And now, nothing from . . . now. While going through old newspapers the other day, I found an ad that made me think of an old jingle.




A bygone restaurant chain.

Remember the Embers! Yay, Arne Fogel.


Re-ember the Member! We never said that. I wish we had; it would have been in-group code for heading off to a particular restaurant for coffee and cheesecake. The Embers restaurant chain was a local operation in a few states; we had one in Fargo. It was like Perkins, but classy. Good hamburgers, or rather Embergers, with a special savory sauce. There was one in Uptown as well - I’d forgotten about that.

There is but one, now. I can’t google any history about the one in Fargo, because there was an Embers in the movie “Fargo,” and that spoils all the results.

One interesting hit: a piece about the M building in Minot, which had a fine-dining restaurant on the top floor called the Embers. The M is apparently vacant.

It’s beautiful! In that unadorned International Style way. That thing came to town, you knew it would be up-to-date in all possible ways, including push-button window blinds! (In the bank president’s office, anyway.) This part gave me a pang for small prairie town life, and the memories that people of a certain age have of their downtown.

She recalled the building at that time was full with tenants. It included a luncheonette and theater in the basement, along with the bank’s safety deposit boxes. The Shirley Room was a popular eatery, and the Arnold Theater was available to nonprofit groups. Many a dance and piano recital were held there.

The bank later closed the theater, leveling the sloped floor and moving in its bookkeeping department.


I went looking for Minot newspapers to see if there was anything about the building or the theater, but's only Minot paper stops in 1921. Just for fun I looked at a paper from June 5, 1919.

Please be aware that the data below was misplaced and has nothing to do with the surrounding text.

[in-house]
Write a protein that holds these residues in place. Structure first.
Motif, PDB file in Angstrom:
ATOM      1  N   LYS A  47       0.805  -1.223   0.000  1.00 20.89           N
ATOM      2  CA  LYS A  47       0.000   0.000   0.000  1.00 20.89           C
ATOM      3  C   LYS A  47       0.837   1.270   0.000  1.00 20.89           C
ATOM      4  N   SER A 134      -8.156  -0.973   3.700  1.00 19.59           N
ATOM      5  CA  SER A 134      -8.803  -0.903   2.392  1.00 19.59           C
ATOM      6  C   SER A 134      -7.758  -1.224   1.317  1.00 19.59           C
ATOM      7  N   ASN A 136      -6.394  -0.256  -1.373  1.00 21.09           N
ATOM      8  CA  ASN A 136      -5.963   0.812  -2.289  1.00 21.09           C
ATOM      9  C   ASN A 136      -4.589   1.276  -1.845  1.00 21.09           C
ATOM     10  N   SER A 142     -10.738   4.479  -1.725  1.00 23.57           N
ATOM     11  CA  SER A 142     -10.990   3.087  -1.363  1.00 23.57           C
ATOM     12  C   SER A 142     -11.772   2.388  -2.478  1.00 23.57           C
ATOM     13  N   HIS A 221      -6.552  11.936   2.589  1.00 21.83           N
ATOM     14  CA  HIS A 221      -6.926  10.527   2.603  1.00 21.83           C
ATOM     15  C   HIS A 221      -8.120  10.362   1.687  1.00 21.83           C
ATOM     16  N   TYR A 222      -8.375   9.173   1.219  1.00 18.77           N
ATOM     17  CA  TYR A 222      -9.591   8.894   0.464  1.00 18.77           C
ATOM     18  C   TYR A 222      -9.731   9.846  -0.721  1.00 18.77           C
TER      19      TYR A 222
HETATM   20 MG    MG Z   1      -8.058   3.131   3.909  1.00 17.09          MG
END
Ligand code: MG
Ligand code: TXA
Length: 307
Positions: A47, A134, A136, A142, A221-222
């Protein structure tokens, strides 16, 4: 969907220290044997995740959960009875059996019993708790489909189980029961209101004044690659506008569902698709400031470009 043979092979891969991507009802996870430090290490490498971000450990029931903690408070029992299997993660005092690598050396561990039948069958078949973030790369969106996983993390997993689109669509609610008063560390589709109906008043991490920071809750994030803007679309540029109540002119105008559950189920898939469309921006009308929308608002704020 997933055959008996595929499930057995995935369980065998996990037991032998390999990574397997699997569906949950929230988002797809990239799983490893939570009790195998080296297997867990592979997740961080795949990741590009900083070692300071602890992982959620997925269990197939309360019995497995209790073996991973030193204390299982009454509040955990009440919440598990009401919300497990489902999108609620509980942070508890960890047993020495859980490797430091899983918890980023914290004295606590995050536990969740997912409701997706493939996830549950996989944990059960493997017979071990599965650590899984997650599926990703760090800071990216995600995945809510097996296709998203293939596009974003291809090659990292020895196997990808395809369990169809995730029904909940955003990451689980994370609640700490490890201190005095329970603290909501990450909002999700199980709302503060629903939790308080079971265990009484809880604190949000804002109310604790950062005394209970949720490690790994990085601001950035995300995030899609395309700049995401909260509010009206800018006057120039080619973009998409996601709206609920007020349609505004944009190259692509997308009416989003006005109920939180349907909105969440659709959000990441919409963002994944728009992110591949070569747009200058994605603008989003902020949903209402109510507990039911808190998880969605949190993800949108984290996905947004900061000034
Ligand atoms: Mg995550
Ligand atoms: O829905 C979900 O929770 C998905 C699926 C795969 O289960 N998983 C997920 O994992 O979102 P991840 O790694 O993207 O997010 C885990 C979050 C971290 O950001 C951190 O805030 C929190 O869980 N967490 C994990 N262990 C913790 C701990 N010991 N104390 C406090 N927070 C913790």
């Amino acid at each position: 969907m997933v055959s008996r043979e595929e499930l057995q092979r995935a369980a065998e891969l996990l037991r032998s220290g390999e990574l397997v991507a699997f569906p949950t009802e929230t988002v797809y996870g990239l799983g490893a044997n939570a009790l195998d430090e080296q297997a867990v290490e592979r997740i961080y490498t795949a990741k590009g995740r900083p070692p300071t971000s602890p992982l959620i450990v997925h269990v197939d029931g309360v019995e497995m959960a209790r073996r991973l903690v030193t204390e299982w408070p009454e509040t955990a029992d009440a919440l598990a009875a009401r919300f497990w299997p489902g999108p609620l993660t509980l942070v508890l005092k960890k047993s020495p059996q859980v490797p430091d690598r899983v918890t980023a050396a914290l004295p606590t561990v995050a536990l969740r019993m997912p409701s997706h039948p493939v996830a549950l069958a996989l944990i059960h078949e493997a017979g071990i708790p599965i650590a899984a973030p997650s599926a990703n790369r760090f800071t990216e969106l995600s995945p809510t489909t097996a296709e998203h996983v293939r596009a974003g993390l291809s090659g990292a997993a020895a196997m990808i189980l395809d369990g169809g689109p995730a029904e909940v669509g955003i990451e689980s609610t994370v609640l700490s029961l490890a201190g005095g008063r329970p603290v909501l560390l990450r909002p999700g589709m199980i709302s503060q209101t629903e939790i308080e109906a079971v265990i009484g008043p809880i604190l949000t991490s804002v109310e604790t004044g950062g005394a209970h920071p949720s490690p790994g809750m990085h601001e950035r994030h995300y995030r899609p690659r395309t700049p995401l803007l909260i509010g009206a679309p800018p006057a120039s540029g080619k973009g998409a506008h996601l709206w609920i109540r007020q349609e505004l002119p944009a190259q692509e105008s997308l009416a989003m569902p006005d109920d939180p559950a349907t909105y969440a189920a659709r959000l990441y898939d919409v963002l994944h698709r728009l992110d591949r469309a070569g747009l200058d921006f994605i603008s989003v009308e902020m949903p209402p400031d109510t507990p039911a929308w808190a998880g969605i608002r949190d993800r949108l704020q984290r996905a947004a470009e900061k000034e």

Hamburger Joe. Wonder what happened.

Not a lot in Plaza.


Plaza is a city in Mountrail County, North Dakota, United States. The population was 171 at the 2010 census. Plaza was founded in 1906. The business district is built around a central town square, city park or "plaza". A key feature of the plaza is a recently completed large covered gazebo.

It’s like a sad Sim City town you laid out just right, but never got off the ground.

On the other hand, it has its telling vistas.

But I’m doing a Main Street before Main Street; oughtn’t do that. The Embers! Remember?

I found an ad that had the original locations.

All gone. But one.

I walk over the grave of another one three times a week, but that's another story.

A 1971 commercial with local TV personality, preceded by the loudest, most annoying beeps you’ve heard today.









Or, if you wish, Lickville.

"The community derives its name from Nathan and Daniel Morgan Boone, who were the sons of Daniel Boone and established their salt business near the community in the early 1800s, delivering their product from salt licks to St. Louis. The area has been called "Boone's Lick" and the route from the lick to St. Charles/St. Louis, Missouri is called the Boone's Lick Trail."

Eight thousand, three hundred souls. Let's start.

I suspect it was a decommissioned gummint building that the Masons took over.

Of course, the Masons took over the gummint a long time ago, you know.